In light of The Last of Us remake news, caught in the crossfire was the Oregon-based Sony Bend Studio, which had been tasked to help Naughty Dog on their multiplayer project. On an unrelated note, the studio had tried pitching a sequel to Days Gone to Sony, unfortunately being unable to gain traction due to the lengthy development and mixed reception of the first game. PlayStation fans confused this as Sony cancelling a potential sequel to a new IP in favor of remaking an old one. However, this is isn’t the case at all. The stunted development of a potential Days Gone 2 and Sony Bend’s involvement with The Last of Us-related projects was serendipitous at best. The animosity towards Naughty Dog isn’t warranted and the confusion of this situation needs to be addressed. The inability of Sony Bend to continue on with their project has no correlation to Naughty Dog and their aspirations to remake one of their best stories from the ground up.

The most important thing to mention is that Bend Studio, according to the same Bloomberg report, was able to separate itself from the Naughty Dog projects after all. Now working on a new IP, any qualms PlayStation fans may have with the company and its decisions shouldn’t be focused towards Naughty Dog or their remake, as it is evident they are not the reason behind the discontinuation of other franchises within PlayStation Studios. RELATED: 10 Best ‘Last of Us Part II’ Moments, From Joel’s Guitar to Ellie’s Kiss

HBO and Finding New Audiences


One of the more important contributions this potential Last of Us remake delivers is the upcoming release of the live-action adaptation in form of a television series for HBO. The Last of Us show has some serious talent behind it. With the likes of Pedro Pascal in front of the camera and Kantemir Balagov behind it, HBO is showing that it’s taking the show and its success very seriously. With the adaptation expected to premiere sometime late next year, Joel and Ellie’s story on the small screen is sure to engage general audiences, or even fans of the horror and zombie genre, not necessarily just those who are fans of the video games.

With that being said, that leaves room for The Last of Us remake to not only succeed, but be necessary. The investment the audiences bring to the characters of Joel and Ellie will surely bring a relevance back to the first game, and while the remastered version for PS4 is more than acceptable option, the allure of an updated, visually pleasing version of the game for general audiences to pick up is too big of an opportunity to pass up. The possible late 2022 release of the show also gives more than enough time to get the game shipped in time for audiences to experience the story of Joel and Ellie in more ways than one. The synergy between the show and a potential remake could introduce audiences not just to Joel and Ellie, but also open up the possibility of exploring a plethora of other video game stories that are just as engaging as The Last of Us.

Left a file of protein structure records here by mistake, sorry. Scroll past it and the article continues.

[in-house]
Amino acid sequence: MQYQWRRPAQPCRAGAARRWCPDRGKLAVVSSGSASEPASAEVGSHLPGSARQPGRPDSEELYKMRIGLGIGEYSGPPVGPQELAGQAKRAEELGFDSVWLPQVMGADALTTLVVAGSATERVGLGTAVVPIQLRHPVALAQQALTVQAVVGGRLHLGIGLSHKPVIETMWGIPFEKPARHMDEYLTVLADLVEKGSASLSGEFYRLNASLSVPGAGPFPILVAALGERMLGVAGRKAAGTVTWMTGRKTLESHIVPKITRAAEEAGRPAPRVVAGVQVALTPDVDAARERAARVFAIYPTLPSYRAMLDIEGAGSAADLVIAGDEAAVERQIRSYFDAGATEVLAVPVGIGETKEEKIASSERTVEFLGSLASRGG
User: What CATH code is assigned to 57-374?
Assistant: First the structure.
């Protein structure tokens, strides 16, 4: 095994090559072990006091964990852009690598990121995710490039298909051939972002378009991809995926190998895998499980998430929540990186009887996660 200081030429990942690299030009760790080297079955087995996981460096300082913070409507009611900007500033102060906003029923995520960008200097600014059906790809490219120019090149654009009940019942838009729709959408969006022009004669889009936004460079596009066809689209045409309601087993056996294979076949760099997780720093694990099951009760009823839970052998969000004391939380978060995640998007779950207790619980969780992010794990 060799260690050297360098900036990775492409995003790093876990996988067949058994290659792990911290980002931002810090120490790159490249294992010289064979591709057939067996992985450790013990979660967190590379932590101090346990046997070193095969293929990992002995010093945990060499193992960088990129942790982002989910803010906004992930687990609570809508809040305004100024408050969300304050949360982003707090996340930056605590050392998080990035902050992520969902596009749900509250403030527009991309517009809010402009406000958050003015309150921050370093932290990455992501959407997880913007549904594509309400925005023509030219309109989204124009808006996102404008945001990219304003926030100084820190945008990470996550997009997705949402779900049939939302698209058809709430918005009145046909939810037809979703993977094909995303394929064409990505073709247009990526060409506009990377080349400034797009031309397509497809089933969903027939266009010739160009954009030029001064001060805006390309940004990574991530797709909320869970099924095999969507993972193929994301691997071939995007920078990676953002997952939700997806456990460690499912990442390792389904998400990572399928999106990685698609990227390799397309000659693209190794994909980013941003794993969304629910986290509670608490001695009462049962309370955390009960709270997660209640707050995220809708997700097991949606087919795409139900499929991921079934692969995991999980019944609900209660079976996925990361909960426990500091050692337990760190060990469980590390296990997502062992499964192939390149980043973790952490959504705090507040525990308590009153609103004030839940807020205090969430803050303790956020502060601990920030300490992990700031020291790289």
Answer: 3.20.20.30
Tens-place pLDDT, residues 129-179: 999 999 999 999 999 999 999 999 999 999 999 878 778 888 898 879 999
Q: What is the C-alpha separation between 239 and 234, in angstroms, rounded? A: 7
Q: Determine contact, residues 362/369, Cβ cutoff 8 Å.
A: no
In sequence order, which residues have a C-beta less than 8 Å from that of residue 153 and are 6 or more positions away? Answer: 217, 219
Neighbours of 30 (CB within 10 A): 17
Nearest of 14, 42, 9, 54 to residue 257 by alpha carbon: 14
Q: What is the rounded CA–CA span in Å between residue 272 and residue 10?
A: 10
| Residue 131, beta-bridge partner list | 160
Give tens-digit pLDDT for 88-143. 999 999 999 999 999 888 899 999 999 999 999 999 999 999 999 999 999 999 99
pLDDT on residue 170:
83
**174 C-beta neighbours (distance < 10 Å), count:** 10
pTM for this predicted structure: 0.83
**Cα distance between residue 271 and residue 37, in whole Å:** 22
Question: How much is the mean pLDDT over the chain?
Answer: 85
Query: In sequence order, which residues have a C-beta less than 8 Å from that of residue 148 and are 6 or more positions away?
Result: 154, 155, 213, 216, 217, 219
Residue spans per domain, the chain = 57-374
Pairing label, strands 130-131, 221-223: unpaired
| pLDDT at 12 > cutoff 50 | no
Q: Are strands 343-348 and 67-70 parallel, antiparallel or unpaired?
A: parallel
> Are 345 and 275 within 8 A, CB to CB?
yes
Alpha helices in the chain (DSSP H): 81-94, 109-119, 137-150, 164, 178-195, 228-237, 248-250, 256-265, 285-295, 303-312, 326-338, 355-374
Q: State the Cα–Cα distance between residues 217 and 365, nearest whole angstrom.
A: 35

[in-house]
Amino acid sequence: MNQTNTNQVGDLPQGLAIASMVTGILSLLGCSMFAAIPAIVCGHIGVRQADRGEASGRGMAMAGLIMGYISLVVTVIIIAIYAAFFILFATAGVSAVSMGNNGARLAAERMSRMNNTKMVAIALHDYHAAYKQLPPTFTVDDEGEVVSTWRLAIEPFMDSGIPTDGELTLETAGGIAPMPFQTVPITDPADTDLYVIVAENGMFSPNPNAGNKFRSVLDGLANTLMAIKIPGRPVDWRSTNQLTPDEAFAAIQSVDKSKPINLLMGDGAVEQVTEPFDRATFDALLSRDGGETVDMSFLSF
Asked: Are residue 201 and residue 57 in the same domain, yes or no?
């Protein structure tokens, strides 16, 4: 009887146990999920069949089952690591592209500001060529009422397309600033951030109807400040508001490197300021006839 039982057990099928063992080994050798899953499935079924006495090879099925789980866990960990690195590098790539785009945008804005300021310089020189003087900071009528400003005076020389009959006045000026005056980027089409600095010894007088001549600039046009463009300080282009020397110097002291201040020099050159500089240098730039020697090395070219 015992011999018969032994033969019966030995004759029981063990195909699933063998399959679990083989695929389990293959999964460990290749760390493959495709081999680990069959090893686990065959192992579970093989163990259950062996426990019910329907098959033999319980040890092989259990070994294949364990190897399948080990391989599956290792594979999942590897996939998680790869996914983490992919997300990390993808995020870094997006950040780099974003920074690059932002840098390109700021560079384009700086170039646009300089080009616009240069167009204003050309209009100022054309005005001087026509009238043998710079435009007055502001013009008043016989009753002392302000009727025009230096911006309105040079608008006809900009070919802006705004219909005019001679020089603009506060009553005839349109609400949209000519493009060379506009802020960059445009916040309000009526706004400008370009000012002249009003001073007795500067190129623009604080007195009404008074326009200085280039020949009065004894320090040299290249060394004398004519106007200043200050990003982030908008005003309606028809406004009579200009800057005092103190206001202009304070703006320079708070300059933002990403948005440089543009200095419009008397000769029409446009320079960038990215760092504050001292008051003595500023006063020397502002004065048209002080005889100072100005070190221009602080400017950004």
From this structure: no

Overall, The Last of Us remake is something that should be seen as a labor of love and an opportunity to introduce new fans not only to that story but to video games and the thematic potential they have as a whole. This remake isn’t something that should be seen purely from the standpoint of a cash grab or getting in the way of new IPs or exciting new developments in storytelling. If anything, this remake encourages that.

Naughty Dog has an opportunity to take what is already considered one of the best video games ever made and make it even better. To be able to use the potential of the PS5 and the new Naughty Dog engine, in addition to possibly releasing alongside the HBO adaptation for real PlayStation Studios synergy, The Last of Us remake definitely has more than enough reason to exist, and is something that should be welcomed with open arms.

KEEP READING: ‘The Last of Us: Part II’ Locations and Their Real-World Counterparts, Revisited One Year Later